OTTAWA â€” The return of veterans Tessa Virtue and Scott Moir to competition this season has been like slipping on a favourite sweater for figure skating fans. They’ve been the face of Canadian ice dancing for so long.
But from their new coaches to their new home base, to even a new way of skating, virtually nothing is the same about the Olympic gold and silver medallists since they stepped away from competition after the 2014 Sochi Games.
They planned it that way.
“It’s just an ongoing process in the gym and also on the ice, and that’s been really cool, it’s been thrilling,” Virtue said. “We knew when we decided we wanted to come back that we didn’t want to do things the same way, we didn’t want to skate the same way, we didn’t want to approach anything the same. That was a big part of the draw.”
Virtue and Moir will be aiming for their seventh national senior title at this week’s Canadian championships, which determine the team for the world championships this spring in Helsinki.
But all of their preparation is pointing toward Pyeongchang, where Virtue and Moir are set on reclaiming their Olympic crown. And to that end, they moved from their previous home in Canton, Mich., to Montreal to work with coaches and five-time Canadian ice dance champions Marie-France Dubreuil and Patrice Lauzon.
And they’ve assembled a team of around a dozen sports experts, from nutrionists to physiotherapists to sports psychologist J.F. Menard, as part of a “more scientific approach,” Virtue said, that they hope will guide them to gold.
“Our whole big entourage is getting quite large, we have so many experts around us that can really offer that, so whether it’s a jet lag plan, a sleep routine, it’s all about managing our energy so we feel at full capacity when we take the ice every single time,” she said. “We’re learning.”
“We have so much more of a sophisticated off-ice team, and that comes with our mental coach (Menard), he’s really been honest to rehearse what we’re going to be doing in Korea at the Olympic Games,” Moir added. “So we’re trying to use every single competition this year as a rehearsal for the Olympics.”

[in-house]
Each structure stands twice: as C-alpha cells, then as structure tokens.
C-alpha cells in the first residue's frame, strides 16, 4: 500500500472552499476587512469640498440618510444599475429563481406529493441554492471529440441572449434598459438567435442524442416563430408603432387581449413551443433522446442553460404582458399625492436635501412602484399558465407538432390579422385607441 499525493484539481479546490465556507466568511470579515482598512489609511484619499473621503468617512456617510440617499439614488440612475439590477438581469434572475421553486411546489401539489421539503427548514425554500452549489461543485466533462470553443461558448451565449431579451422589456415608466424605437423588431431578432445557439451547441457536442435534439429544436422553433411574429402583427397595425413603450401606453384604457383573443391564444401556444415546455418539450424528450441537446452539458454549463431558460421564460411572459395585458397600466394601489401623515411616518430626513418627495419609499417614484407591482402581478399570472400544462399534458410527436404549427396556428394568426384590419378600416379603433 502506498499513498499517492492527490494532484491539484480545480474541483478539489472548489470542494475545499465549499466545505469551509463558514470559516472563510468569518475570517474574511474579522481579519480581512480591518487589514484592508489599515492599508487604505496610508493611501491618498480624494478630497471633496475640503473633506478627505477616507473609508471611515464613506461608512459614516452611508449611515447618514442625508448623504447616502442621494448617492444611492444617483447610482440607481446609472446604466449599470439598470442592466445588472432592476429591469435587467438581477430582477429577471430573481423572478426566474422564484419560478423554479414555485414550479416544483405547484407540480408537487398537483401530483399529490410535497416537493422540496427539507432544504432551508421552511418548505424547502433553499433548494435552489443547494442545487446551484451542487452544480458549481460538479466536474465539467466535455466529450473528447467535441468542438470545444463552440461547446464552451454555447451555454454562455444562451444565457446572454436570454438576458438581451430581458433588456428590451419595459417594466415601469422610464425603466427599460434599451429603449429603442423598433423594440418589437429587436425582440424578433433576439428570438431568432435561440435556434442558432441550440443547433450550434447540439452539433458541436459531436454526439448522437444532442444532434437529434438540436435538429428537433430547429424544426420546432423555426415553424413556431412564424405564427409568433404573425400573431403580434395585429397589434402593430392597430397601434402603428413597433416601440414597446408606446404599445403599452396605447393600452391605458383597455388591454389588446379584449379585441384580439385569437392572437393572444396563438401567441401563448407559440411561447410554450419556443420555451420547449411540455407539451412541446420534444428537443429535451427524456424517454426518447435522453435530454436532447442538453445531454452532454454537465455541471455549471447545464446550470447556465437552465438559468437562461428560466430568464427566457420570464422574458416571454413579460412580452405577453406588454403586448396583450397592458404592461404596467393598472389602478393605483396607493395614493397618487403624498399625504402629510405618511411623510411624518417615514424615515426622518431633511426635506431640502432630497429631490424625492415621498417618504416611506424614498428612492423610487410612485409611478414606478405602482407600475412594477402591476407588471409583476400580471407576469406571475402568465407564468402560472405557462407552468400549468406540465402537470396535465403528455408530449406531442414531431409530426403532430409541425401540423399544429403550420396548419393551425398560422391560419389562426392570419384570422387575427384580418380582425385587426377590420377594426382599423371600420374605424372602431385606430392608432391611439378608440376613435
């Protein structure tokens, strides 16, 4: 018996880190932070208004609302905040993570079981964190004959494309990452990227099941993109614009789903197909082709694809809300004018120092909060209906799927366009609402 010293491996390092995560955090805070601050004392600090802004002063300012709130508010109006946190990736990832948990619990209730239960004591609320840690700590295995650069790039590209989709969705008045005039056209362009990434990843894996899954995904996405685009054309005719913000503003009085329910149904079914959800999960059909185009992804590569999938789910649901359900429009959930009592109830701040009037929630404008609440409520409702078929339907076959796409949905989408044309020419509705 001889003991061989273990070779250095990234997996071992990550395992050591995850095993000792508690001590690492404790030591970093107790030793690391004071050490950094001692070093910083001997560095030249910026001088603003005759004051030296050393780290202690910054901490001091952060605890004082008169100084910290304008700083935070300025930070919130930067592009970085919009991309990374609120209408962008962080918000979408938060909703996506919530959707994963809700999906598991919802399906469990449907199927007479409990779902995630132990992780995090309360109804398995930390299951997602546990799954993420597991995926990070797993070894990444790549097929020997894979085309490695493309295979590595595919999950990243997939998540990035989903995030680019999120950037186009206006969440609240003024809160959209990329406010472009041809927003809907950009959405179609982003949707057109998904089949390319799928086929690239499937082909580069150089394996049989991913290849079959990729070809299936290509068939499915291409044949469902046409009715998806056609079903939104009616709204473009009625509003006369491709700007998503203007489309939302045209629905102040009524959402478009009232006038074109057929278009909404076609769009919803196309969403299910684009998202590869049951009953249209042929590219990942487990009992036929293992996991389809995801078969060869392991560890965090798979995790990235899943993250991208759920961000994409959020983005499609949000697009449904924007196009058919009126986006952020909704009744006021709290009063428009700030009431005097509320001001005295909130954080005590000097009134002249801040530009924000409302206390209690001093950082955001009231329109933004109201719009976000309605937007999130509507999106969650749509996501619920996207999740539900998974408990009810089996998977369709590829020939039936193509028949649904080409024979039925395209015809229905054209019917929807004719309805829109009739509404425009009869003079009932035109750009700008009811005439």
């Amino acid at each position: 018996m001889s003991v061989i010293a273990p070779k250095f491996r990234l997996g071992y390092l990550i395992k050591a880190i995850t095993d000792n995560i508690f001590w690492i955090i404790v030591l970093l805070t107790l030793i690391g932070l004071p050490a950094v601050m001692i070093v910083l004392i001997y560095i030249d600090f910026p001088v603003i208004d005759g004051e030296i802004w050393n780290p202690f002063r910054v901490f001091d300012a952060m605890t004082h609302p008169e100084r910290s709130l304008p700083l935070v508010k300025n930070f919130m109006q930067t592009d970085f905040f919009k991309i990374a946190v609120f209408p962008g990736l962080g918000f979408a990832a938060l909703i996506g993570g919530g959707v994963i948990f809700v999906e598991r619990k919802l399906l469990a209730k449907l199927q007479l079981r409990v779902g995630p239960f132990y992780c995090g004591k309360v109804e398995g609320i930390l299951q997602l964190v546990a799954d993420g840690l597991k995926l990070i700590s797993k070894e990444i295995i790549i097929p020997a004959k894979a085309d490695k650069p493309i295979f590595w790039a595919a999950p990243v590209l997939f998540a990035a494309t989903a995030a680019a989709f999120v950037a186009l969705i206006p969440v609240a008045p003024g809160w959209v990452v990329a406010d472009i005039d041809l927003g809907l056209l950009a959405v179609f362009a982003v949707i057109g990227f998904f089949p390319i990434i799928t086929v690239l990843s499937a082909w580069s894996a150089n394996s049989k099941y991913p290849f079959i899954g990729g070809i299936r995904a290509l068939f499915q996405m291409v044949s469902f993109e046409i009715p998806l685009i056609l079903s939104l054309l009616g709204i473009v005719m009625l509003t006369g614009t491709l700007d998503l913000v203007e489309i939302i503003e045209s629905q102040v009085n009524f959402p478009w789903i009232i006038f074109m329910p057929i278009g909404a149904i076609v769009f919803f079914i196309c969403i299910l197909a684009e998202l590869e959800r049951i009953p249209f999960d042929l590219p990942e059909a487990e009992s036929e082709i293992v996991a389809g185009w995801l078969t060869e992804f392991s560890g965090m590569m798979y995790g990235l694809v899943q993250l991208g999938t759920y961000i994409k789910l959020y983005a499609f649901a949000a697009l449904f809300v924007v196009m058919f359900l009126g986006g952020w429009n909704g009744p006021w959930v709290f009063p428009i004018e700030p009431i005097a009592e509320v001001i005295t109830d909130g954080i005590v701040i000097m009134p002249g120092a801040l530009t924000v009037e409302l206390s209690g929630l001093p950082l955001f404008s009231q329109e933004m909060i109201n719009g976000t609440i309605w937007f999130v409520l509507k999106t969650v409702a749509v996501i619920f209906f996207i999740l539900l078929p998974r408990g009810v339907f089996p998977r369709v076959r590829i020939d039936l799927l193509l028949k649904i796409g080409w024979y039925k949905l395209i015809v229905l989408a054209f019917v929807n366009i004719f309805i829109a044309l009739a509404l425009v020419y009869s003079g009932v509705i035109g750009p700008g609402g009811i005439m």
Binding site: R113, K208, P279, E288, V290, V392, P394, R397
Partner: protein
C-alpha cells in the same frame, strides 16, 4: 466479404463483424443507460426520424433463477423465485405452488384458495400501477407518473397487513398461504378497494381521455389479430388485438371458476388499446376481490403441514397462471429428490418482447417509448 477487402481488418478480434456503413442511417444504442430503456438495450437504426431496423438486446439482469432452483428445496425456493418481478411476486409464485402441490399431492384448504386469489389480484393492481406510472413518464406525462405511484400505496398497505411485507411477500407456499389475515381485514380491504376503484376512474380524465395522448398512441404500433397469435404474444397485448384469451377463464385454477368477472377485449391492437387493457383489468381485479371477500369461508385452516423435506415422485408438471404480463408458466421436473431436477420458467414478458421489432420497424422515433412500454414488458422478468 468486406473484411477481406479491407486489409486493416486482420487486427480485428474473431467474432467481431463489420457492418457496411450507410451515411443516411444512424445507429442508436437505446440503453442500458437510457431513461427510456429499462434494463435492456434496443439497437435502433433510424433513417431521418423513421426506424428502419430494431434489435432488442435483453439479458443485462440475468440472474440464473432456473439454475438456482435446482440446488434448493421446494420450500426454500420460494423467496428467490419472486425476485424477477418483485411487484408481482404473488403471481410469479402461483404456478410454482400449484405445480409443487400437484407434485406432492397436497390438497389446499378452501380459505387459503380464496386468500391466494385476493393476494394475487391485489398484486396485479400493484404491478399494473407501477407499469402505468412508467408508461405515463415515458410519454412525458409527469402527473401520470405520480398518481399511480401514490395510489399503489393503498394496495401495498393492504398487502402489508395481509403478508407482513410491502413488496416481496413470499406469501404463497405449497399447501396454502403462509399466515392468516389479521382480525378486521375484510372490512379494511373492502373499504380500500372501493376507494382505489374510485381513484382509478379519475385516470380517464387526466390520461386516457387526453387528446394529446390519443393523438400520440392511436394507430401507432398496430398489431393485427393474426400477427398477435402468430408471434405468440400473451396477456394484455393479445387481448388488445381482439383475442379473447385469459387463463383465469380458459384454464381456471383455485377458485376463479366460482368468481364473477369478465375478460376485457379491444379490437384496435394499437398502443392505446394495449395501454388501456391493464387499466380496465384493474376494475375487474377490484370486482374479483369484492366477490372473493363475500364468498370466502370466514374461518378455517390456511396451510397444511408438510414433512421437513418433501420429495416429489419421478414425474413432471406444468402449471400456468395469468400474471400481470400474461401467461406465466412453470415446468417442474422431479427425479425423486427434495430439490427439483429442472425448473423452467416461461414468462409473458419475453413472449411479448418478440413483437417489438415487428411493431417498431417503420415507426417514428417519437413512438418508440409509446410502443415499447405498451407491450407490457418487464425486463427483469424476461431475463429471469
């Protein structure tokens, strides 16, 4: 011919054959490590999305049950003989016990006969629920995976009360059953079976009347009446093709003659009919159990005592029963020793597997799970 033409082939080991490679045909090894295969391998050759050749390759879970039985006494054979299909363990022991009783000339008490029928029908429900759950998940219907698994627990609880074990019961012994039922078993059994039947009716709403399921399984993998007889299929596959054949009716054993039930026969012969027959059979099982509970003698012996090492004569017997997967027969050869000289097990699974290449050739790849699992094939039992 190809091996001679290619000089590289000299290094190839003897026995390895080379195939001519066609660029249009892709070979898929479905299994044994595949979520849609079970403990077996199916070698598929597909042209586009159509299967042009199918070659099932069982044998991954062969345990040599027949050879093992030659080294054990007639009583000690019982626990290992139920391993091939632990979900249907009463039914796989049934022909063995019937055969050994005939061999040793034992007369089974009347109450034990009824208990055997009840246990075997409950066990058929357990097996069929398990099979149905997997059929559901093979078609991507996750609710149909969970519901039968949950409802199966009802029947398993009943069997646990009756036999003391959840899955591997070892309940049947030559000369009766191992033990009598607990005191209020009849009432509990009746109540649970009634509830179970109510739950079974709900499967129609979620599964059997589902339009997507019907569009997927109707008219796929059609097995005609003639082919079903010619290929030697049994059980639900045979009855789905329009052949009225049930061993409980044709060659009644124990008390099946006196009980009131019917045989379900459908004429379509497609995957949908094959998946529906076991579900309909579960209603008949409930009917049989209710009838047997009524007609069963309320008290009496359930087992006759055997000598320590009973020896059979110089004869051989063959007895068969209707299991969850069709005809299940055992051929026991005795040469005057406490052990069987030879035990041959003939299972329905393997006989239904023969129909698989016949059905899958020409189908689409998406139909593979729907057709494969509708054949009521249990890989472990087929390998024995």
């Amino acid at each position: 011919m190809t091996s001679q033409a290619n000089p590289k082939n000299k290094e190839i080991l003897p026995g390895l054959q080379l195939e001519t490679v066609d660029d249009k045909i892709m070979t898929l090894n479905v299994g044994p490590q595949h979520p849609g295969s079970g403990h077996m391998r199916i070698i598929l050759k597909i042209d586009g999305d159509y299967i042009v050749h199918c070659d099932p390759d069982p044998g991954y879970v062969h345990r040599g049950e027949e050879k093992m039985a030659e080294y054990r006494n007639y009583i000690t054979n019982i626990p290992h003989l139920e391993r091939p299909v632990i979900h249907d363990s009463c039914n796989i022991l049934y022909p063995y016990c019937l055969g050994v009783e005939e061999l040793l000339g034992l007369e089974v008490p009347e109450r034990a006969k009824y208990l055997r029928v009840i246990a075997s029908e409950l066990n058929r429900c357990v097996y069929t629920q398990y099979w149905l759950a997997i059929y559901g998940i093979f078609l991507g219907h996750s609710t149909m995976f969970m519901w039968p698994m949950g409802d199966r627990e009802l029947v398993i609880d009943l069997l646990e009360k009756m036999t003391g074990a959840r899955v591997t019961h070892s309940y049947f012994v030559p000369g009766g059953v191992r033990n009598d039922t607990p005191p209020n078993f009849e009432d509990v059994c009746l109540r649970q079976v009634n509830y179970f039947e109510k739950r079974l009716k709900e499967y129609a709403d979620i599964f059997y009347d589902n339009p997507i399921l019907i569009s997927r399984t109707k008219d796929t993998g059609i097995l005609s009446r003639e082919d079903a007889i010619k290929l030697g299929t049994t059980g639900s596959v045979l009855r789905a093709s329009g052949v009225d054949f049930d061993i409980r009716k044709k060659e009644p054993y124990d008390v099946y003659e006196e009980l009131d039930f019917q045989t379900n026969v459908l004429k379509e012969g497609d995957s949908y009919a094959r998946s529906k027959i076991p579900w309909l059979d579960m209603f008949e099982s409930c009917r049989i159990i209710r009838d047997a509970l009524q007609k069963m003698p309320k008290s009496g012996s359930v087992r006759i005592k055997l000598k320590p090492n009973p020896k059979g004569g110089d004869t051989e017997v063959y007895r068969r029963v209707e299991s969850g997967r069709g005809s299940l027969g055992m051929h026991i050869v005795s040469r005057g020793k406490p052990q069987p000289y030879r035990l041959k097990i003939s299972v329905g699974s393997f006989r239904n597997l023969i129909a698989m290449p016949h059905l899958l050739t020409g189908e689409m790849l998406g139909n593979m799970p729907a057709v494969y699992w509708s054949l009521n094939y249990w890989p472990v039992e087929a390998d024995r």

The two, who’ve been undefeated in their return, winning their two Grand Prix events plus the Grand Prix Final, even went so far as to strip down their skating fundamentals, poring over endless video footage. It might seem an unnecessary step for Virtue and Moir, who at 27 and 29 respectively, have skated together for almost 20 years.
It was absolutely necessary, the two insisted.
“We figured out the areas we could make the most improvements, and that was everything from the glide of the blade to the knee bend, really restructuring how we’re trying to stroke, so basic fundamental skating,” Virtue said.
They’re also working with Cirque du Soleil acting coach Silvia Gertrudix Gonzalez.
“Acrobats are obviously pretty amazing to work with, the way they use their bodies, the way they lift,” Moir said. “She comes in and rips our story apart, especially for our free dance right now, and we’ll get into Prince (their short dance is to a Prince medley) after this competition, just to make sure we know exactly what we’re focusing on every second.”
And since everything is geared toward next year’s Olympics, the Canadian championships are another chance to fine-tune their routine, both on and off the ice.
“The day-of routine, the moments before we take the ice, the key words we’re sharing every practice, warming up, cooling down, managing our space, managing our energy, all of that is our rehearsal to fine tune what works perfectly for us,” Virtue said.
“We’re talking every meal, down to the minute when we eat,” Moir added. “It’s like the last two per cent we’re trying to figure out, to be optimal performers.”
Being back at Ottawa’s TD Place Arena had Virtue and Moir feeling nostalgic. They won bronze at the 2006 Canadian championships. Their coaches Dubreuil and Lauzon won gold.
“I remember being in the elevator at the hotel with Marie-France and Patrice, and being in awe,” Moir said. “Actually when we look back it’s funny, I didn’t understand, I still don’t understand why they were so great to us, they really kind of took us under their wings, we were so young. So going to them as coaches was a natural fit.”
Patrick Chan will be gunning for a ninth Canadian senior singles title this week, while Meagan Duhamel and Eric Radford are poised to capture their sixth consecutive pairs title.
The women’s singles should be a fierce battle between Kaetlyn Osmond, Alaine Chartrand and Gabrielle Daleman.
Lori Ewing, The Canadian Press